Various artists album review
Lee Scratch Perry ~ Born In The Sky
01 - 03 - 2001
Previous unreleased song +
from 5 (excellent) to 1 (poor)|
|Vocals : 4||Backing : 4||Production : 5||Sound quality : 4||Sleeve : 4|
London based Motion Records has unleashed their latest compilation set "Born In The Sky" (subtitled : Upsetter At The Controls 1969-1975) as a 22 track CD with 20 page booklet, also available as 23 track gatefold double vinyl. The latter containing 2 bonus tracks not to be found on the compact disc, while the CD actually includes a bonus track that isn't featured on the LP set. Approximately a third of the tracks on this CD were mastered from Perry’s recently unearthed original 1/4" tapes and include seven previously unreleased cuts including two previously unreleased songs and five previously unreleased alternate takes. The rest of the tracks on the album have not appeared on CD before and have been painstakingly mastered from rare vinyl singles. The excellent booklet contains detailed sleeve notes which were written by Dave Katz, whose biography of Lee Perry was published recently. In addition to the main notes the history of each track is described in turn, which certainly will be appreciated by many reggae fans as info regarding reggae recordings in general is often very hard to find. Furthermore the track order as well as the tracks included on "Born In The Sky" provide a perfect impression of Lee Perry's multi-faceted progression in his formative years as an independent producer from the end of the sixties to early 1974. All this makes this compilation one of the most outstanding releases among the overwhelming amount of compilation sets which have also collected Lee Perry produced material from that era.|
The first five tracks are all instrumentals featuring illustrious musicians like Gladdy Anderson, Roland Alphonso, Winston Wright, Ronnie Bop and Val Bennett. All tracks are very enjoyable efforts with Roland Alphonso's "Roll On" being one of the best and "All Combines Part 1 & 2" the most remarkable as it incorporates cameo appearances of riffs fron the Wailers' "Duppy Conqueror" and Max Romeo's "Maccabee Version".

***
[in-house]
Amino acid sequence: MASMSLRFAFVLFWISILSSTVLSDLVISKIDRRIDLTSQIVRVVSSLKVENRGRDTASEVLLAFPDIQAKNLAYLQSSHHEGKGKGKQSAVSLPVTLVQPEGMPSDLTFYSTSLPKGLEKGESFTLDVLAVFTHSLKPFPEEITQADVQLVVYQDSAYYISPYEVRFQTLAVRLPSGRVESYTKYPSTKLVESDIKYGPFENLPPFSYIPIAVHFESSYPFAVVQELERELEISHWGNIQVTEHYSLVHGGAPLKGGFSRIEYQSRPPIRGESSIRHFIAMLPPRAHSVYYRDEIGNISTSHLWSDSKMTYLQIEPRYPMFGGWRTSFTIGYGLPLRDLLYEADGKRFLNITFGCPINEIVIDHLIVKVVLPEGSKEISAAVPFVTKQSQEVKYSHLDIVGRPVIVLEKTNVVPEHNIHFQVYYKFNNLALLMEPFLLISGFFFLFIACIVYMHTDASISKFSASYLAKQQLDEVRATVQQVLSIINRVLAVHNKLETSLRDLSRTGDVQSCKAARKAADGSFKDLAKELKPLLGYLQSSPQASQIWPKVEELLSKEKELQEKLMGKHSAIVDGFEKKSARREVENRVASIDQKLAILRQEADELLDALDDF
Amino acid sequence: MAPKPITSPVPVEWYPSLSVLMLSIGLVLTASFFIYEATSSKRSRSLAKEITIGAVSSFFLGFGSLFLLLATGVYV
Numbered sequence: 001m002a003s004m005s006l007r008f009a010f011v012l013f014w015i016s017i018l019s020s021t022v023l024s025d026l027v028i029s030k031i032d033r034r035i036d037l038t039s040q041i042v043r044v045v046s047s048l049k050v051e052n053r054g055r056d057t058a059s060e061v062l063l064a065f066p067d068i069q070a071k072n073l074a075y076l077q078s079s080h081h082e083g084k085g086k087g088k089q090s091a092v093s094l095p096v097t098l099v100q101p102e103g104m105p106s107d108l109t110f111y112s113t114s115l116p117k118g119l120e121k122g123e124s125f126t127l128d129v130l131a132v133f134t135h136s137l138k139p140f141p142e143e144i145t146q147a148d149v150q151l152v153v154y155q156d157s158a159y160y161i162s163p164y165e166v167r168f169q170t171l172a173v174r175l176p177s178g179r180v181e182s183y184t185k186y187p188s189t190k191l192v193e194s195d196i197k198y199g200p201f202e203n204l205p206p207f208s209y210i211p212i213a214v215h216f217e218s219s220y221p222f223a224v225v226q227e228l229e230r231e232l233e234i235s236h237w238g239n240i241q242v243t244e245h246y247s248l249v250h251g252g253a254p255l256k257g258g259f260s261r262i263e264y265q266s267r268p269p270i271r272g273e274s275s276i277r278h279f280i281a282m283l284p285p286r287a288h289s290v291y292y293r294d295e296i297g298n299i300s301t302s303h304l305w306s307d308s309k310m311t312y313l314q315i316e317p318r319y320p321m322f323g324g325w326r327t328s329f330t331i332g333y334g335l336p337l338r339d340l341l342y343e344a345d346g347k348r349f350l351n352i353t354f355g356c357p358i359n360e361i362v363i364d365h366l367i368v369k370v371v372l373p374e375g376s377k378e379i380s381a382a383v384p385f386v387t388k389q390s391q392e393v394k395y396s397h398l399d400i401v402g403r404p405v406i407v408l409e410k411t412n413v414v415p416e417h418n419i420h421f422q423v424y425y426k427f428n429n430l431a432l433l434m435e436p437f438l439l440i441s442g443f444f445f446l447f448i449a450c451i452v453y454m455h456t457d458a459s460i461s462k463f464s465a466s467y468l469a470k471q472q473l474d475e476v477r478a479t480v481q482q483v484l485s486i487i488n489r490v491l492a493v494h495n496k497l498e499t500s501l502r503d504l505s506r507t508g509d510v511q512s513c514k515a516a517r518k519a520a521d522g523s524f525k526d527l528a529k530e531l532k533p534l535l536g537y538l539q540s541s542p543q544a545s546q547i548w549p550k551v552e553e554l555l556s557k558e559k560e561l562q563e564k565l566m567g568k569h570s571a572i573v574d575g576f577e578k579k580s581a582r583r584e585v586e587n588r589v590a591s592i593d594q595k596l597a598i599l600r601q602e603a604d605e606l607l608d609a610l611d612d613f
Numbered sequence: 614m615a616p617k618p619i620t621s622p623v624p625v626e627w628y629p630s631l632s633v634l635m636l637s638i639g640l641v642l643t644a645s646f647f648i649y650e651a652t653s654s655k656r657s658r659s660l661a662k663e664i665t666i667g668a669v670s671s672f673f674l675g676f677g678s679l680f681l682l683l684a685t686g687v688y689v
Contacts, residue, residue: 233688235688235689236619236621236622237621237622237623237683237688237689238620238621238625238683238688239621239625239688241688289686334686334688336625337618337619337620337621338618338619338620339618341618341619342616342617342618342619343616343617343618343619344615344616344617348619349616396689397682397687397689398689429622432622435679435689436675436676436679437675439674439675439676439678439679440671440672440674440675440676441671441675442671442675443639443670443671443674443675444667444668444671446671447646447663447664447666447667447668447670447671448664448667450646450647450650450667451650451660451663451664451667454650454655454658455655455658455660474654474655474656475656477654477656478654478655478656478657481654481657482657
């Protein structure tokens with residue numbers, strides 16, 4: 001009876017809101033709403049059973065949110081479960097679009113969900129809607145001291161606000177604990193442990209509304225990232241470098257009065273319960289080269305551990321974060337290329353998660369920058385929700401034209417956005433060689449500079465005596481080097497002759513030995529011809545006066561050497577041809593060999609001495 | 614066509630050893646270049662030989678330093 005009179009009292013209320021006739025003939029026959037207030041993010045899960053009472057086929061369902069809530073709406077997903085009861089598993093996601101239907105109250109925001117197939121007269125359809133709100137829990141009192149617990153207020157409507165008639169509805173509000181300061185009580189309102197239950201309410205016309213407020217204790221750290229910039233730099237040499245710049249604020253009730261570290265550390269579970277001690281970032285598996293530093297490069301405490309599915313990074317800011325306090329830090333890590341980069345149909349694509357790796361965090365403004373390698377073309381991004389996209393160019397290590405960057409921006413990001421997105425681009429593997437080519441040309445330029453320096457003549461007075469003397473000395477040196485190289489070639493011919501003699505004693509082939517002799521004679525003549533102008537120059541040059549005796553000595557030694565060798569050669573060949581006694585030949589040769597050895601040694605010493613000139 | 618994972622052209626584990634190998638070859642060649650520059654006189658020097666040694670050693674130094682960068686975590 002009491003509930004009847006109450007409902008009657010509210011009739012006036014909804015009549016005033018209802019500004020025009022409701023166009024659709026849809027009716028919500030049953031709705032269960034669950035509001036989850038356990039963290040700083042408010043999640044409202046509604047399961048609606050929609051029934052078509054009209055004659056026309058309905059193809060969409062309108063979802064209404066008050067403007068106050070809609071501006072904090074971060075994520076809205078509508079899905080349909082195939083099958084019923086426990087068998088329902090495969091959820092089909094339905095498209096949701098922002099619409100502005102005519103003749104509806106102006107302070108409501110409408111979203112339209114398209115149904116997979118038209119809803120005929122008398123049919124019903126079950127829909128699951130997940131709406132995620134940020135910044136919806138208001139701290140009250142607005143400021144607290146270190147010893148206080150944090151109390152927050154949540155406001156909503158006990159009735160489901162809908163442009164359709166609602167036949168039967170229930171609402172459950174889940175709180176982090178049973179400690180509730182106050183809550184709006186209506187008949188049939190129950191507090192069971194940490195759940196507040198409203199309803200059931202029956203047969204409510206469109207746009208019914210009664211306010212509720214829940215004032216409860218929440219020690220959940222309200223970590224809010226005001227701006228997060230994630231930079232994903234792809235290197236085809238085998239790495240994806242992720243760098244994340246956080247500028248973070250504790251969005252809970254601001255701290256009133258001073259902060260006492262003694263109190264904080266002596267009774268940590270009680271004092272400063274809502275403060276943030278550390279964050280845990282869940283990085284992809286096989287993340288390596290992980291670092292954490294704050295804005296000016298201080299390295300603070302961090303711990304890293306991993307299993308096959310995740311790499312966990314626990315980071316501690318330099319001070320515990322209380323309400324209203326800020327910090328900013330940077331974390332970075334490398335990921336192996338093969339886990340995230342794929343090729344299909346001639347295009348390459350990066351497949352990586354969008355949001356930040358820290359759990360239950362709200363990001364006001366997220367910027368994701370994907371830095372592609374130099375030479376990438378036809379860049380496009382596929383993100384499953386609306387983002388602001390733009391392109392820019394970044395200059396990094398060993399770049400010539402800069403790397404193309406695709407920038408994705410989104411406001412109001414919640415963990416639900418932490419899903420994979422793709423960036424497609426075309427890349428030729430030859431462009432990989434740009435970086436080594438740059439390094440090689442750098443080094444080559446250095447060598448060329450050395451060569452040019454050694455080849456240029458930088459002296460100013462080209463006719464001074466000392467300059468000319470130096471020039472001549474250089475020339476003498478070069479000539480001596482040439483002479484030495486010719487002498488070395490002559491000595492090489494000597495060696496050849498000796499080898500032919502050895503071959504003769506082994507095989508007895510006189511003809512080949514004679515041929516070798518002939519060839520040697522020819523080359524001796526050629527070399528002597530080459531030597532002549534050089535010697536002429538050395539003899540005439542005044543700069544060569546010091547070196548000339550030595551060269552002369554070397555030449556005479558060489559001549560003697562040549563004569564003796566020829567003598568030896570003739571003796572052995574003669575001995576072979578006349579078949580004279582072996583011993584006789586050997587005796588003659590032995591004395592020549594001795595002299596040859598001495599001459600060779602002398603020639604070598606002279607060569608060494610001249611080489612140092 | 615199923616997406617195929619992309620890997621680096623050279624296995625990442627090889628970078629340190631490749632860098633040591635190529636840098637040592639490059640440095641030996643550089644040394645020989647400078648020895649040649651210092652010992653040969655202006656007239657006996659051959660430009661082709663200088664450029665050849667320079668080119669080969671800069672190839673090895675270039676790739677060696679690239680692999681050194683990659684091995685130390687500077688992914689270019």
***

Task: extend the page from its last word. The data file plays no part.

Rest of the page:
"Lady Lady" - actually one of the versions which Perry recorded of this American hit written by Eugene Record from the Chi-Lites - is the first vocal track, which is delivered by a certain Cynthia. The riddim of "Lady Lady" is also utilized for the next track, an alternate take of "Enter The Dragon". Then one of the first tunes the deejay called Prince Jazzbo cut with Lee Perry, "Good Things", which happens to be a fine deejay cut of Leo Graham's "Jump It Up" (aka "We Have Got A Date"). Two great tracks are the Versatiles' "Ungrateful Set" and the 1974 at Black Ark recorded outstanding version side of a later re-cut. Susan Cadogan's version of Millie Jackson's "Do It Baby" belongs to one of the finest songs this sultry voiced singer recorded with Perry. Dread Locks Faye's "Back Wey" is a nice contrast to Susan Cadogan's "Do It Baby" as the listener is treated to a different mood with this deejay tune from rude girl Faye Bennett. Jimmy Riley's "I Man Stand Still" - a somewhat autobiographical song - is an unique as well as strong effort, which is followed by the outrageous combination tune "Conqueror" from Stranger Cole & Gladdy Anderson featuring Earl Morgan and Barry Llewellyn from The Heptones on backing vocals. Sam Cooke's classic "Bring It On Home' gets a decent interpretation from the Silvertones. Lee Perry's "Burry The Razor" and its dubwise cut "Cheat Weston Head" belong to the highlights of this compilation set providing a glimpse of great things in later years to come. Both Ethiopians' tracks are excellent efforts, while "Feel All Right" - although an acoustic rehearsal - and the alternate mix of "Lady Lady" are notable pieces.
"Born In The Sky" gathers together some of the finest tracks produced by Lee Perry before he established his name as a topnotch and innovative producer in the roots era. Truly well worth checking out for "Scratch" fans and newcomers alike!